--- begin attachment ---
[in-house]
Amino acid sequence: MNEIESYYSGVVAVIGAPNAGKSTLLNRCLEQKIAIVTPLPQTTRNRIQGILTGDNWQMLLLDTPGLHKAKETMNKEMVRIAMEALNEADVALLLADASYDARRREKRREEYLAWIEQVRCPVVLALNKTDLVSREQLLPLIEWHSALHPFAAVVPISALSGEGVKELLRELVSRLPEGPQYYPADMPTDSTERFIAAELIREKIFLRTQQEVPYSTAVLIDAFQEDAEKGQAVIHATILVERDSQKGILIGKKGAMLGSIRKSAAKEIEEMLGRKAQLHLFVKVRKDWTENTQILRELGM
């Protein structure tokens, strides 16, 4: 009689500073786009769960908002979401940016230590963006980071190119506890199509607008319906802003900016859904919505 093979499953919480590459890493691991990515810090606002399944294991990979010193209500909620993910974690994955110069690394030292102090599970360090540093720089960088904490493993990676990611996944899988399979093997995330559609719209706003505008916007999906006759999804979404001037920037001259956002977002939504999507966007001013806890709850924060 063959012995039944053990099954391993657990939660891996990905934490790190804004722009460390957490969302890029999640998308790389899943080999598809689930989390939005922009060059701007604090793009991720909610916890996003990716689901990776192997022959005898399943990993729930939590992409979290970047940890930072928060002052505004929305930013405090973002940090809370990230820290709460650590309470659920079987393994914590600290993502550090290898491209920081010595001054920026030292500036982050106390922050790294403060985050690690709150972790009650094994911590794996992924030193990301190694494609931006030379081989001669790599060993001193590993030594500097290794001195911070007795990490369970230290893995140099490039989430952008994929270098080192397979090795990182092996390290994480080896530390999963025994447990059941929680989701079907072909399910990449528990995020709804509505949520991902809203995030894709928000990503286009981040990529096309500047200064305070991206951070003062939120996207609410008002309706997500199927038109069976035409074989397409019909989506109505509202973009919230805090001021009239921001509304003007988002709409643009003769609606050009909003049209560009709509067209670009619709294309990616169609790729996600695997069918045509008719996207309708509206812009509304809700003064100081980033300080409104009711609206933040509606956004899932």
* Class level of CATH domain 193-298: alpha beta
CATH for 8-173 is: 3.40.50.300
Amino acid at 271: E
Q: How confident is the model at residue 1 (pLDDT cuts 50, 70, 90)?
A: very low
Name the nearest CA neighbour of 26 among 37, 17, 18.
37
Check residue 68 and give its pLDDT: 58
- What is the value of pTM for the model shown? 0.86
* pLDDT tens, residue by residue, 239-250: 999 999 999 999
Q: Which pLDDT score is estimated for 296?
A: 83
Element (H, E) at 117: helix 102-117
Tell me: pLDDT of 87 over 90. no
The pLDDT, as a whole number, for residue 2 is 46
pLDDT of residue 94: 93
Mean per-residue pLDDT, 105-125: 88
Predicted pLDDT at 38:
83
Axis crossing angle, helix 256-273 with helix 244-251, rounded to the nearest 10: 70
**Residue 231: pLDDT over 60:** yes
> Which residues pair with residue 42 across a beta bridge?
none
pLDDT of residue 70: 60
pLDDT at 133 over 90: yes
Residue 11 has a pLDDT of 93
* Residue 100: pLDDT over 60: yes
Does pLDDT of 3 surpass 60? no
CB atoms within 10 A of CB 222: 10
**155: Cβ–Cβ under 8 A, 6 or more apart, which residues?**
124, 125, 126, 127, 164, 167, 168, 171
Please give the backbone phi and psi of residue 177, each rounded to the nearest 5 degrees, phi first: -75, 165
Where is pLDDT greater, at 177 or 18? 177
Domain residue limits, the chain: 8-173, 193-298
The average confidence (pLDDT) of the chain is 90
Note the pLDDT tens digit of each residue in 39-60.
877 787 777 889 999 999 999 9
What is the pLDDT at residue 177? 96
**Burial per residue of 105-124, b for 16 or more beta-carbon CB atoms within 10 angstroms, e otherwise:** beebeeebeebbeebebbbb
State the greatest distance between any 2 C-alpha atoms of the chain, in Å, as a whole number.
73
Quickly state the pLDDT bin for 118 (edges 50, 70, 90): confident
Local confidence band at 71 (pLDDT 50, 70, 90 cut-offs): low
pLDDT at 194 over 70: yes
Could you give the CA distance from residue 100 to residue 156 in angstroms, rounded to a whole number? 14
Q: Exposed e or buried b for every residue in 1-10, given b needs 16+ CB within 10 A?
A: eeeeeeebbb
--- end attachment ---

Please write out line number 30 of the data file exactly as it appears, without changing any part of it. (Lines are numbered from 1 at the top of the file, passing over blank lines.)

* Residue 100: pLDDT over 60: yes